But the overriding theme of the program is exercise. When patients first enroll in cardiac rehab, they undergo a health evaluation and stress-test review. Then an RN/exercise physiologist, with the help of a board-certified cardiologist, develops a prescription exercise program tailored to the patient’s individual needs. Three-days a week, patients return to workout, progressing at their own pace
according to each one’s restrictions and capabilities. At each session, their vital signs are monitored continuously. If a patient is exercising too hard, monitors will reveal that, and he or she will be asked to slow down. Similarly, if a patient is not working hard enough, nurses can help pick up the pace.
“On my first day of cardiac rehab, I was on the treadmill for only 1 minute and 55 seconds,” recalls Esther Johnson, “and I was terrified that I was going to have the same breathing problems that I had back in Arkansas.” Today, after only three months in the program, she’s able not only to walk 10 minutes on the treadmill but also do 35 minutes on the NuStep recumbent cross-training machine, 5 minutes of arm presses, and even a bit of strength training and cool-down stretches.
“I’ve lost about 5 or 6 pounds,” Esther continues. “It’s not a lot, but it’s enough to make me feel good. And when I leave here, I still feel so energized. My whole outlook has changed. Right after my heart attack, I was so scared that my husband and I would never be able to fulfill all the plans we had for our life. Now, I feel like I can do everything again.”
Cardiac rehab has not only improved Esther’s health and outlook, but it’s also improved her social life. “I’ve bonded with so many people who have been through a similar situation, and that’s really nice. And being together when he drives me to rehab has even brought me and my husband closer. Yes, three times a week is a lot of time, but what else are you going to do? Sit at home and worry about when you’re going to die?”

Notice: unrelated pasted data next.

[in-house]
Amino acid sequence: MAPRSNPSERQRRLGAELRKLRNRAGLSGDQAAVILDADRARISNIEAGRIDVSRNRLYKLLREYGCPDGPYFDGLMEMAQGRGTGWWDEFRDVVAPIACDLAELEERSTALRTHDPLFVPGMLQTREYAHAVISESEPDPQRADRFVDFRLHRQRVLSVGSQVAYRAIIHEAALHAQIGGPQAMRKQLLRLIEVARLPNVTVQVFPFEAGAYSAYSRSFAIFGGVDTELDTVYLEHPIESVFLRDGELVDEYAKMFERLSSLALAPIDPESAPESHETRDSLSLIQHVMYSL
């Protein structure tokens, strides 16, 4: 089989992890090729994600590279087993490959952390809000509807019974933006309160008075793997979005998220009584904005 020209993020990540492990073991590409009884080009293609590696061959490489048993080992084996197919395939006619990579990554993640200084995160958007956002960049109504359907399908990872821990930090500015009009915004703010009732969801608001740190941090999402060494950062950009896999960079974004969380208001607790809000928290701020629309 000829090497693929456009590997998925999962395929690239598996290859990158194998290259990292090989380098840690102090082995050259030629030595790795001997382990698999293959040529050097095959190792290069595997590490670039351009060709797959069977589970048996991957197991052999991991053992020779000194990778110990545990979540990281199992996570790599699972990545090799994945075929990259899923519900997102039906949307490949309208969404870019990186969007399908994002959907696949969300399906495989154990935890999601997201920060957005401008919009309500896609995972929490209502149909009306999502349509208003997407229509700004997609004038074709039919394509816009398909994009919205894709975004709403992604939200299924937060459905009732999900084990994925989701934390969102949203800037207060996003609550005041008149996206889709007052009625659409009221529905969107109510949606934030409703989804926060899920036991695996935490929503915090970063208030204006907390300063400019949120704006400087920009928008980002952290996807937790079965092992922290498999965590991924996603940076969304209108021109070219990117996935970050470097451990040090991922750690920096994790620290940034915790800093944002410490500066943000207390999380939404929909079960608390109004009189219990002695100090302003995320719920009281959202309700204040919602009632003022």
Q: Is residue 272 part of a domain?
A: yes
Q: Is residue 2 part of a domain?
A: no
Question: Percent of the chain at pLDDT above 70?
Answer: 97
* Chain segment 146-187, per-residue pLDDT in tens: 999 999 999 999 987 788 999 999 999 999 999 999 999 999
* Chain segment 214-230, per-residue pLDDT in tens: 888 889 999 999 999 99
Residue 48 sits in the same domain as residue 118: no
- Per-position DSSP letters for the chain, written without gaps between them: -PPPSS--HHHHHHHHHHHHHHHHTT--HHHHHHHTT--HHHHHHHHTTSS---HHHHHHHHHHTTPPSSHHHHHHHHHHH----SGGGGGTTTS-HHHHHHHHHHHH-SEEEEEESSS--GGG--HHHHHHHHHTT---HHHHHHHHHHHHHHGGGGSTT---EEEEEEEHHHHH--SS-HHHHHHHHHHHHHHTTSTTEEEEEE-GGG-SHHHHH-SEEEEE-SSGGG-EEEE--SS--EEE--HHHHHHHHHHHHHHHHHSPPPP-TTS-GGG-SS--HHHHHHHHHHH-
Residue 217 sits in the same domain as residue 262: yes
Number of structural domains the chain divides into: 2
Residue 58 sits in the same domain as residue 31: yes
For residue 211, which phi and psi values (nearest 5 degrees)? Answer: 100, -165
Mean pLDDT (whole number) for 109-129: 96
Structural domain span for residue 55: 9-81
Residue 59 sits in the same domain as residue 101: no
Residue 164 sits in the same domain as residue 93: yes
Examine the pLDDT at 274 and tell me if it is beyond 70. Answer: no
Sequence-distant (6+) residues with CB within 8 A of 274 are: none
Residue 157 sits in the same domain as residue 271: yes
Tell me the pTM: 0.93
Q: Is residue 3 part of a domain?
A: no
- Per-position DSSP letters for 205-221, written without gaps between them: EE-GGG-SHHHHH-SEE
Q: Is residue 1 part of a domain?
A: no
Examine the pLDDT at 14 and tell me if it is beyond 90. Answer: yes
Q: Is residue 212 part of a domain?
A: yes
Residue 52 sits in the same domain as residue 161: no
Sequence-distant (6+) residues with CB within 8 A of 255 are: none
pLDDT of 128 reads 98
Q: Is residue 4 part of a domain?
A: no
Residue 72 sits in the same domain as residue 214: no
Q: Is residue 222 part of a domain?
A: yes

Unfortunately, less than 20 percent of patients in the United States needing cardiac rehab services actually receive them, reports the AHA. If you’ve experienced a cardiovascular event or are at high risk for one, this one small preventative step could significantly improve your quality of life and greatly reduce your risk of a future cardiac event. In fact, if the 80 percent of people needing cardiac rehabilitation services actually participated in them, we could not only improve the lives of millions of Americans but perhaps even lower the mortality rate of the nation’s No. 1 leading cause of death.
That’s a difference we can all live with.